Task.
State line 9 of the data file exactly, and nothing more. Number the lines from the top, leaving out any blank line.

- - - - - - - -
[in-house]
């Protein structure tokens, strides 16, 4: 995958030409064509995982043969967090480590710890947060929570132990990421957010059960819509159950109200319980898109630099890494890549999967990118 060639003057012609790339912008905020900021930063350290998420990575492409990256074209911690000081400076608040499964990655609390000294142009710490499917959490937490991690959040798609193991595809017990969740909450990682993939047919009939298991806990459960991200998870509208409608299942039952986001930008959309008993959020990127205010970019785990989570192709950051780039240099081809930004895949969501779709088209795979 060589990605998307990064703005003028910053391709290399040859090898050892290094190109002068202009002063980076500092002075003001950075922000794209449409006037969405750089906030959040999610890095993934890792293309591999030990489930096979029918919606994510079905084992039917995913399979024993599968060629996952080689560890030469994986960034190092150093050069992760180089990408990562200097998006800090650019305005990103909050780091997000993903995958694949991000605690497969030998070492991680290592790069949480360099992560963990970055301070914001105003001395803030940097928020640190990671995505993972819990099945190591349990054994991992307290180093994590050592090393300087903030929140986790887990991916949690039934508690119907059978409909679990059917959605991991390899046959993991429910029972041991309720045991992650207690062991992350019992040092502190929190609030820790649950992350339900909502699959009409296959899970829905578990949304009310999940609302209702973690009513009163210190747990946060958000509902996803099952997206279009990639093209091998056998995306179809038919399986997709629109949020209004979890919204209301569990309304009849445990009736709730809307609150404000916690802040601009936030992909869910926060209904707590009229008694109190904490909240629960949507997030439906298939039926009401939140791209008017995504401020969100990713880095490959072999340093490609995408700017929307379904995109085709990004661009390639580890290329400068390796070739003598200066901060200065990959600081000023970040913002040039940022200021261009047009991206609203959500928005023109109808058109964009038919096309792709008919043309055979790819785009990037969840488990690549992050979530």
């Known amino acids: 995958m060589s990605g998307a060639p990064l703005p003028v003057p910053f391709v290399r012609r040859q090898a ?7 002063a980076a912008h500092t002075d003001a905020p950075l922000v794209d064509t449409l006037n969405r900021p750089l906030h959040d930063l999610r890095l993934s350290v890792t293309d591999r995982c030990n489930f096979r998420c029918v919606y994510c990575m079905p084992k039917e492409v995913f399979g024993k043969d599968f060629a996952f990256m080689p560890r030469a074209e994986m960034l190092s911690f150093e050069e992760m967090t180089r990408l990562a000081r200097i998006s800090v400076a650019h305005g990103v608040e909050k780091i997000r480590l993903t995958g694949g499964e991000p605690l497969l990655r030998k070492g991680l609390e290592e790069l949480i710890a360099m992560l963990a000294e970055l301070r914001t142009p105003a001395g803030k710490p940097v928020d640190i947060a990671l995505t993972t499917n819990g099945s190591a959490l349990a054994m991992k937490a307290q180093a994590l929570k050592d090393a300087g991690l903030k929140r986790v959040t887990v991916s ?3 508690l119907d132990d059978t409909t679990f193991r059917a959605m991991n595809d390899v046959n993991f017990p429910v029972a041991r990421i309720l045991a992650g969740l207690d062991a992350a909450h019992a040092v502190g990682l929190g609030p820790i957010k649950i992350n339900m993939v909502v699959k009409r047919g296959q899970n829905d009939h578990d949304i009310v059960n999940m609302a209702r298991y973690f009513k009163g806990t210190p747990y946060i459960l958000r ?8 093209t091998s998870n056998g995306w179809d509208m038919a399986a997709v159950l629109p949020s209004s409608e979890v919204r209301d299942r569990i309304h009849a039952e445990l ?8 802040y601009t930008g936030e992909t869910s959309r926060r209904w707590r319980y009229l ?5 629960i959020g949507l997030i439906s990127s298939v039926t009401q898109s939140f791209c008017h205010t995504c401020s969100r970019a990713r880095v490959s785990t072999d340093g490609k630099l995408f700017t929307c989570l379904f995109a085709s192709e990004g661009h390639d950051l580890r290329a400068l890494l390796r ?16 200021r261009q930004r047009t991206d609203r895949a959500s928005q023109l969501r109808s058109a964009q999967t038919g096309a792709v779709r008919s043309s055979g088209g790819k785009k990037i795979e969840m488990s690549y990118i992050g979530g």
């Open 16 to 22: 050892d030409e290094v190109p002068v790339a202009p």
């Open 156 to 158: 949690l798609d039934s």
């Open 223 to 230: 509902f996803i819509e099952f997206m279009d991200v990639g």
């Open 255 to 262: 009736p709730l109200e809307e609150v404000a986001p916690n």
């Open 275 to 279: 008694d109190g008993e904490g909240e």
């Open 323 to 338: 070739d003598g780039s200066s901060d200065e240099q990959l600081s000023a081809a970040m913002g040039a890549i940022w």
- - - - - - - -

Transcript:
């Open 323 to 338: 070739d003598g780039s200066s901060d200065e240099q990959l600081s000023a081809a970040m913002g040039a890549i940022w």